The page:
In the preferred embodiment of the present invention, zipper 22 runs along the lower edge of three sides 14. However, another embodiment where zipper 22 runs along the edge of all sides 14 is possible. In the preferred embodiment, reinforcing strip 46 provides a positive stop for zipper 22. In the alternative embodiment where zipper 22 runs along the edge of all sides 14, reinforcing strip 46 covers the portion of zipper 22 that runs along the edge of side 14 corresponding to hinge 42. In the alternative embodiment, reinforcing strip 46 also provides a positive stop for zipper 22. In both embodiments, bottom 40 is moved to the open position by unzipping circumferential zipper 22 to a stop and then rotating bottom 40 about hinge 42. With bottom 40 in the open position, ammunition 30 may be conveniently placed into pouch 10.
Referring now to FIG. 3, there is shown a bottom view of pouch 10 with bottom 40 in the closed position, i.e. with zipper 22 is fully zipped. Hinge 42 is also shown in FIG. 4, with bottom 40 shown in the open position. When zipper 22 is fully zipped, a zipper retention means may be employed to hold zipper 22 in the fully zipped position. In the preferred embodiment, the zipper retention means consists of a zipper retainer strap 50, which is sewn to one of sides 14, and a retainer strap anchor 52, which is sewn to bottom 40. A hook and loop retention system is to be used on both strap 50 and anchor 52, although other retention systems, such as buttons, may be used in other embodiments. Drain holes 54 are also integrated in bottom 40 to allow water to drain from pouch 10.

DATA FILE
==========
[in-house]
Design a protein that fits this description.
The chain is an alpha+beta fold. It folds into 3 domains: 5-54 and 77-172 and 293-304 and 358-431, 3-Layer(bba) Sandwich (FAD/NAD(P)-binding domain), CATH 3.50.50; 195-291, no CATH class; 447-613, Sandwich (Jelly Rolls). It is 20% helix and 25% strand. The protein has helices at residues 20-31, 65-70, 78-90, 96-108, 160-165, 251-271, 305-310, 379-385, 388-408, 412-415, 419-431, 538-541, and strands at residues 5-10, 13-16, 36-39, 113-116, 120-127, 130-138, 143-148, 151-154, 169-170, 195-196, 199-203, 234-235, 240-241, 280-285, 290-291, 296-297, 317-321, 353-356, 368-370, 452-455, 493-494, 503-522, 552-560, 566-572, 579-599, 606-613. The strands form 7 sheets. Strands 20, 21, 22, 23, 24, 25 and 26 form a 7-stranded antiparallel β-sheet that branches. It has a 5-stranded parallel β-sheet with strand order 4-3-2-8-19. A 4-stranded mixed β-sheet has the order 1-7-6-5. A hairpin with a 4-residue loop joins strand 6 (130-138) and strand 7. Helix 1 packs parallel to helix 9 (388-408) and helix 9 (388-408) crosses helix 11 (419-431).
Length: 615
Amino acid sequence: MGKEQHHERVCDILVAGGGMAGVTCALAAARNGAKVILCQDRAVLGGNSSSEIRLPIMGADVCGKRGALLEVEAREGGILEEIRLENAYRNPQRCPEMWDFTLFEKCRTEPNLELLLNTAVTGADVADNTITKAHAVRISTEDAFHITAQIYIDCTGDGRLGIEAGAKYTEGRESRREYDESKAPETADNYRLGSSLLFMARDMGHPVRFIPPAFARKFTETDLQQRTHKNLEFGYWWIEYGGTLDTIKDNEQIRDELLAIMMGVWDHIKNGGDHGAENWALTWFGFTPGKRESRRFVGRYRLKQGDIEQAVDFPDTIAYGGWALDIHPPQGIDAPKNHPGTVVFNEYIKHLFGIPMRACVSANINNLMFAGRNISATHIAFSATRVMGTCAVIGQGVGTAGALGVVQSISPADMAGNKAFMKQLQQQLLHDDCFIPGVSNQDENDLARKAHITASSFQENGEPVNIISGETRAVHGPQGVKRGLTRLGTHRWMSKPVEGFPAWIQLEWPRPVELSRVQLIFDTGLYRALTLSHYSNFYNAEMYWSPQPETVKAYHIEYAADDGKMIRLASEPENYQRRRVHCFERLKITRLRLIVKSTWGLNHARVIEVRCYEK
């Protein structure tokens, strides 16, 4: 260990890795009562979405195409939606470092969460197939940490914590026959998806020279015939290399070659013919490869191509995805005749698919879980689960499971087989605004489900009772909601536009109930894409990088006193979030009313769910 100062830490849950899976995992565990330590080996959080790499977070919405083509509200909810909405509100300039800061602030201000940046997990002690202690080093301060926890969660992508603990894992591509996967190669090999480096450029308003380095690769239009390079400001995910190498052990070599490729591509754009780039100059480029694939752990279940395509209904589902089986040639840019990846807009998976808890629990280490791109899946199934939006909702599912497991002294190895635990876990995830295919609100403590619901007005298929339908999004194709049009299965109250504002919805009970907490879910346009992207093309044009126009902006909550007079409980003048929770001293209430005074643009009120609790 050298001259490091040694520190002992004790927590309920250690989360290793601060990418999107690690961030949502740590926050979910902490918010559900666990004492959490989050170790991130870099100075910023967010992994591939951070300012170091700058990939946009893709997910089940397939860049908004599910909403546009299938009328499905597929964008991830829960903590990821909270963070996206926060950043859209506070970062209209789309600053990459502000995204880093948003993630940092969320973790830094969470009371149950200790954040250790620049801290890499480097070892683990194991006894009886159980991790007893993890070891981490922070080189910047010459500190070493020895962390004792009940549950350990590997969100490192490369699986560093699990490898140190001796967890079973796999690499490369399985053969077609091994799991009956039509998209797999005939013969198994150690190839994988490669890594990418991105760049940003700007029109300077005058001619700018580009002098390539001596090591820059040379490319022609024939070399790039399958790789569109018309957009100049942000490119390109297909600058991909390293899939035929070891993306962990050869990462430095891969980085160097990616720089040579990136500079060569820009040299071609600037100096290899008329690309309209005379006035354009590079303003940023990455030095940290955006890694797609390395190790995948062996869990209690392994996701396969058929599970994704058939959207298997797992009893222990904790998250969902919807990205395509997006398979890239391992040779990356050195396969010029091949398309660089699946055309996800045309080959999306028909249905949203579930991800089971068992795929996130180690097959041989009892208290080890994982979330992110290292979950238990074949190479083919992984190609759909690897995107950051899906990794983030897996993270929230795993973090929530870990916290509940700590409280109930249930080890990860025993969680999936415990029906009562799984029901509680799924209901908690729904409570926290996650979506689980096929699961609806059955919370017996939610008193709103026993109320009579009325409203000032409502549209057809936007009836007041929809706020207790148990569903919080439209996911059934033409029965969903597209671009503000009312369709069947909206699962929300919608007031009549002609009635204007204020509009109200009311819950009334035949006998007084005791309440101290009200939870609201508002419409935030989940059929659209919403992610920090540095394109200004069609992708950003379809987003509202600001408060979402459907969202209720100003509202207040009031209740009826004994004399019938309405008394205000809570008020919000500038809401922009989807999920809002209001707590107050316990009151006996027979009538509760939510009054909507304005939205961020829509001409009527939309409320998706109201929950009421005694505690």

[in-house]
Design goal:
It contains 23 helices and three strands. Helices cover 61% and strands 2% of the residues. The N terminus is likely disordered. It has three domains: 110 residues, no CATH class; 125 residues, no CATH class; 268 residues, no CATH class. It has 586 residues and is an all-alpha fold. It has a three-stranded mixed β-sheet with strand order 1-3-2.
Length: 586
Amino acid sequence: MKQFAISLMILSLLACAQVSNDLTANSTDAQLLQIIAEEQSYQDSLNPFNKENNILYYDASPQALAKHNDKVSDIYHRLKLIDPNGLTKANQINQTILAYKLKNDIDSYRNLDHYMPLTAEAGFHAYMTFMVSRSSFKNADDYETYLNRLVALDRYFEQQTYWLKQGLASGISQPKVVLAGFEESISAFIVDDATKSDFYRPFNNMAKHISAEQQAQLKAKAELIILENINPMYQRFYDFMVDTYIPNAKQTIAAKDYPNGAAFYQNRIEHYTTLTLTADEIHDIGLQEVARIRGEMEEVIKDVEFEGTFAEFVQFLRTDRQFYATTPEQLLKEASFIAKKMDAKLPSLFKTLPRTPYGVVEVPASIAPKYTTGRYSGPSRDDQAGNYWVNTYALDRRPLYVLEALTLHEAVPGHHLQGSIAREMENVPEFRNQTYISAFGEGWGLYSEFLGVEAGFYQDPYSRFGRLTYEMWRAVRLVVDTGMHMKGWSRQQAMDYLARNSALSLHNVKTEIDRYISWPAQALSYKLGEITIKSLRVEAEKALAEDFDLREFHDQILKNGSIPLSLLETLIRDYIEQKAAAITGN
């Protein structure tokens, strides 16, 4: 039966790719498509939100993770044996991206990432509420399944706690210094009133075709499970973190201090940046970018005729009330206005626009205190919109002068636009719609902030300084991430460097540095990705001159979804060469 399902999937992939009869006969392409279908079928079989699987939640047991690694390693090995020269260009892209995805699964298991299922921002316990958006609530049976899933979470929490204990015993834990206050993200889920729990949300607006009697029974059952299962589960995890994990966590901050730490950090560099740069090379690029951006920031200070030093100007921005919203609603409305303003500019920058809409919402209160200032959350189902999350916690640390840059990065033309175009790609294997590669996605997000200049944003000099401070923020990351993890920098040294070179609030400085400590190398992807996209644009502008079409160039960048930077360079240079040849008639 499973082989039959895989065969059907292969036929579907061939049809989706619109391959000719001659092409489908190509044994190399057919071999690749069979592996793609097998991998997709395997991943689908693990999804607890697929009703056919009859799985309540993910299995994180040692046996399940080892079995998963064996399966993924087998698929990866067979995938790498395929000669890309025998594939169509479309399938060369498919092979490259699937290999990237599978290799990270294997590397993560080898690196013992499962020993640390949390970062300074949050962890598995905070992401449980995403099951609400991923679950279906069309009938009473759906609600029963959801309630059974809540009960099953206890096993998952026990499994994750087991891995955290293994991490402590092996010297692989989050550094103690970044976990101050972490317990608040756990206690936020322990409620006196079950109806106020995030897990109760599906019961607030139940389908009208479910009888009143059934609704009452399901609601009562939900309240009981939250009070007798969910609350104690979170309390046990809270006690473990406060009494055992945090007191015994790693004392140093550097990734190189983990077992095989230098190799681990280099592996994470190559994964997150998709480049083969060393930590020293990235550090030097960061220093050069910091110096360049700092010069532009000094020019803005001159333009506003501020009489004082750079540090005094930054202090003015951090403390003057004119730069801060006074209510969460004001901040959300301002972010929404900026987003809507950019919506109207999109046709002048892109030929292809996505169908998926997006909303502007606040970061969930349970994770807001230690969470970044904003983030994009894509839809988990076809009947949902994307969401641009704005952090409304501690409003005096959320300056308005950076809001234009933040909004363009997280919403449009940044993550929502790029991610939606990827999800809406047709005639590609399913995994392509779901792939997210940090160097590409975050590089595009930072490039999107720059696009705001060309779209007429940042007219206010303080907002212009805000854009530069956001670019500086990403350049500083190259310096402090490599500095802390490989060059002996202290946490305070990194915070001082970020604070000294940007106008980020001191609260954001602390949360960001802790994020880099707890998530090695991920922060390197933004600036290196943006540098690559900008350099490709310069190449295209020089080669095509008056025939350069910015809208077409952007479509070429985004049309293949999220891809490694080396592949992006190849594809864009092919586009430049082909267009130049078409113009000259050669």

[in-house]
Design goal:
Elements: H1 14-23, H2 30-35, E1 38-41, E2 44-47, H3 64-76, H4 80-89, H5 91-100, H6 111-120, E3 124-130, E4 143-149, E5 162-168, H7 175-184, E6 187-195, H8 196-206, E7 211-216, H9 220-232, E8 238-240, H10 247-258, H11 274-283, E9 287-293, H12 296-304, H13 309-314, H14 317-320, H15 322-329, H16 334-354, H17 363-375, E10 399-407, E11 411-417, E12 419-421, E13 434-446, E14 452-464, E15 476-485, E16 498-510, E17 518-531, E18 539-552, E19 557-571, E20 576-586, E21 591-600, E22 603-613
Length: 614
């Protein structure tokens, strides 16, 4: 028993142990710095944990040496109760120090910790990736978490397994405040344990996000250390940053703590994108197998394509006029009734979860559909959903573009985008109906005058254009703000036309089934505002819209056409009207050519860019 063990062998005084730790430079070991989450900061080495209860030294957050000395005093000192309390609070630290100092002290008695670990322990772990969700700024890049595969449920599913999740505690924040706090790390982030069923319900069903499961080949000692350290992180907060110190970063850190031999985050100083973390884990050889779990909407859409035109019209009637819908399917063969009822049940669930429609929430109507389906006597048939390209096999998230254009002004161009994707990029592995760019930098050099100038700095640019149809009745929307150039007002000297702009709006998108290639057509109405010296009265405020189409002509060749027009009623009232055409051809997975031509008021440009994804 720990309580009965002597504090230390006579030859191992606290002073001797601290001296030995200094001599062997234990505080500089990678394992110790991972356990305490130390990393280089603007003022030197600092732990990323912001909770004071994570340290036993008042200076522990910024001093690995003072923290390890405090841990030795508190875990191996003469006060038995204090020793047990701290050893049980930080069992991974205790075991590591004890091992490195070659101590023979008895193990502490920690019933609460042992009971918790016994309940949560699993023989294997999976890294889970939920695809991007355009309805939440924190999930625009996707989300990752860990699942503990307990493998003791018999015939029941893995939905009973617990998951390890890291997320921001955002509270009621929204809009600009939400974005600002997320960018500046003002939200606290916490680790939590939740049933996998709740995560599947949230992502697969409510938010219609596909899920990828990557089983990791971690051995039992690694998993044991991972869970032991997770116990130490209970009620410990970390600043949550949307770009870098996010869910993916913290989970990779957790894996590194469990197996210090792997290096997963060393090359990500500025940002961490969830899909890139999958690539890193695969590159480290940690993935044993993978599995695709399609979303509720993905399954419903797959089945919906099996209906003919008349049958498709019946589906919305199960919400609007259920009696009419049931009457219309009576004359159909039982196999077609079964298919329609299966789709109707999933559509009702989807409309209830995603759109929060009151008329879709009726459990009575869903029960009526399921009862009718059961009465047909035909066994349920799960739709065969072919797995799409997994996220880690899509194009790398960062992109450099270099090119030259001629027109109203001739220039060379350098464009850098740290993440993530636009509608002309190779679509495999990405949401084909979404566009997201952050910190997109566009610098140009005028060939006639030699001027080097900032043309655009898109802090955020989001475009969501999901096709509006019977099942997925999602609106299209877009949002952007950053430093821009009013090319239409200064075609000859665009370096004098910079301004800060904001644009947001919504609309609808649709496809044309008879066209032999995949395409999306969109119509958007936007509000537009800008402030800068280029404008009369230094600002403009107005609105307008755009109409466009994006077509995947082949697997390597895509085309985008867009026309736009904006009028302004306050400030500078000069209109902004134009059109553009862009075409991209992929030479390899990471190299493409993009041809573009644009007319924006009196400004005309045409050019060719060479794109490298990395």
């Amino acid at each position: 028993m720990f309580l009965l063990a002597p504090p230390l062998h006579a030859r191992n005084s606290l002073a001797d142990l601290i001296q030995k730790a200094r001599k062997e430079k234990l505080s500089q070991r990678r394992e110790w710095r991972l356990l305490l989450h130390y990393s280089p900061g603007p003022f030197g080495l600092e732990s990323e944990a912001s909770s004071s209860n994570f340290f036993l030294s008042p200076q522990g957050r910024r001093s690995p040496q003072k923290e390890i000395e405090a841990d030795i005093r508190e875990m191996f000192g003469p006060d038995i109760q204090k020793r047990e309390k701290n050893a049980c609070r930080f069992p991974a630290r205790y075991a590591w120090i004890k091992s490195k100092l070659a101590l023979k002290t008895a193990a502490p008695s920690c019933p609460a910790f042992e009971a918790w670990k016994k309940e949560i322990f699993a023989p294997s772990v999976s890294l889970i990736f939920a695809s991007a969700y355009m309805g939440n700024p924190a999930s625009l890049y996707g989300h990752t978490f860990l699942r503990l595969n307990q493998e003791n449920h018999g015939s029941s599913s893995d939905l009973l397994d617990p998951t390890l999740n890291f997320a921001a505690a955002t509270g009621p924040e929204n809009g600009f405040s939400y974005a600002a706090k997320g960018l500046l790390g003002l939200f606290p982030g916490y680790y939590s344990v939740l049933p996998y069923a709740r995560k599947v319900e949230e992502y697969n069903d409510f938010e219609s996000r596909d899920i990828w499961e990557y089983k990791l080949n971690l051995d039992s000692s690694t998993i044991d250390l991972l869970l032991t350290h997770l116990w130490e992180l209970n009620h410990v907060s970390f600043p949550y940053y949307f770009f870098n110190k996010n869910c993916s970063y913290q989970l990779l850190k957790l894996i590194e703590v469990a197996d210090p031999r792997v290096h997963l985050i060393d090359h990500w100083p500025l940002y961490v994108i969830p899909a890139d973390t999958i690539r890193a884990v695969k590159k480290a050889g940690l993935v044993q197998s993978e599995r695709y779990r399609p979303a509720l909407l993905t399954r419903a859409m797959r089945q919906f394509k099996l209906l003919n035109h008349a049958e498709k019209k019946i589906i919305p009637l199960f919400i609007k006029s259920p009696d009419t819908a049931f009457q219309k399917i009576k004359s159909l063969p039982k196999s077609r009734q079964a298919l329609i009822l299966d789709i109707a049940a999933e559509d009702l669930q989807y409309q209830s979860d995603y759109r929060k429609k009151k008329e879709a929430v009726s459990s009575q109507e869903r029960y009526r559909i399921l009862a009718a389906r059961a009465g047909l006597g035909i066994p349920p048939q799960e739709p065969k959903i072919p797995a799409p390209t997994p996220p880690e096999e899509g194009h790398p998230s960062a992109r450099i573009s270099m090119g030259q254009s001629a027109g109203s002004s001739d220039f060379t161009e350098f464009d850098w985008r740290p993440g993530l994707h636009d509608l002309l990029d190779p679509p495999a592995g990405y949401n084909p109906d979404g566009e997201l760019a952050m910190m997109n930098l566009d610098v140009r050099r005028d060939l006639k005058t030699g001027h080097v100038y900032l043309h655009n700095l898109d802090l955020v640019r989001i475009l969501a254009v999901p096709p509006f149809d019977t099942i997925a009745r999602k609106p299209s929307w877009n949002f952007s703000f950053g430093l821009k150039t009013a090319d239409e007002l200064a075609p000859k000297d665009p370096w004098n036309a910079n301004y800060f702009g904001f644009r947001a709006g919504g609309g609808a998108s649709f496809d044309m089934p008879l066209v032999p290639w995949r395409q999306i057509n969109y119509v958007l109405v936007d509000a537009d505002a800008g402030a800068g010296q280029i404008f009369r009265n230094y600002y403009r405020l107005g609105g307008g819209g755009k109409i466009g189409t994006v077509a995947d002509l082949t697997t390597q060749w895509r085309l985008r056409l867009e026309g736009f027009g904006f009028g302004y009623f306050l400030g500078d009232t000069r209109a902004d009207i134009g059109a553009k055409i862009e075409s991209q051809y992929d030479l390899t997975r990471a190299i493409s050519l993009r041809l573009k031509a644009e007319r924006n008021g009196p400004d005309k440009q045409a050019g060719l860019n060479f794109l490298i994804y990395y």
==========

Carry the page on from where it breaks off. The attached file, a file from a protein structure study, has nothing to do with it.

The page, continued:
Referring to FIG. 2 and FIG. 5, stiff side panels 60 are shown in sides 14. In the preferred embodiment, side panels 60 are made of plastic. The plastic is flexible enough to bend without shattering due to impacts, is thin enough to keep weight and bulk to a minimum, and is strong enough to provide support for the gun. Since sides 14 are made of a woven fabric, they are not capable of providing structural support when loaded in compression, especially when pouch 10 is not full. Side panels 60 provide structural support for pouch 10 when loaded in compression to facilitate loading and storage. Sides 14 have two layers of woven fabric: an inner layer 62 and an outer layer 64. Inner layer 62 is sewn to outer layer 64 creating a gap in between. The gap and sewn edges of the layers define pockets that are dimensioned so that side panels 60 will be retained once inserted in the pockets.
It will be readily apparent to those skilled in the art of firearm accessory design and fabrication that many changes and substitutions can be made to the foregoing preferred embodiments without departing from the spirit and scope of the present invention, defined by the appended claims.
1. A pouch for holding belted machine gun ammunition, said pouch comprising:
- (a) a top, said top having an outlet and a machine gun receiver interface;
- (b) sides attached to said top;
- (c) a bottom attached to said sides, said top, bottom, and sides of said pouch defining an enclosure dimensioned for receiving belted ammunition; and
- (d) a zipper carried by said sides and attaching said sides to said bottom, said zipper allowing said bottom to move hingedly between an open position and a closed position, said zipper permitting filling said enclosure, when said bottom is in said open position, with said belted ammunition, said belted ammunition then extending from said top of said pouch through said outlet.
2. The pouch as recited in claim 1, wherein said sides further comprise: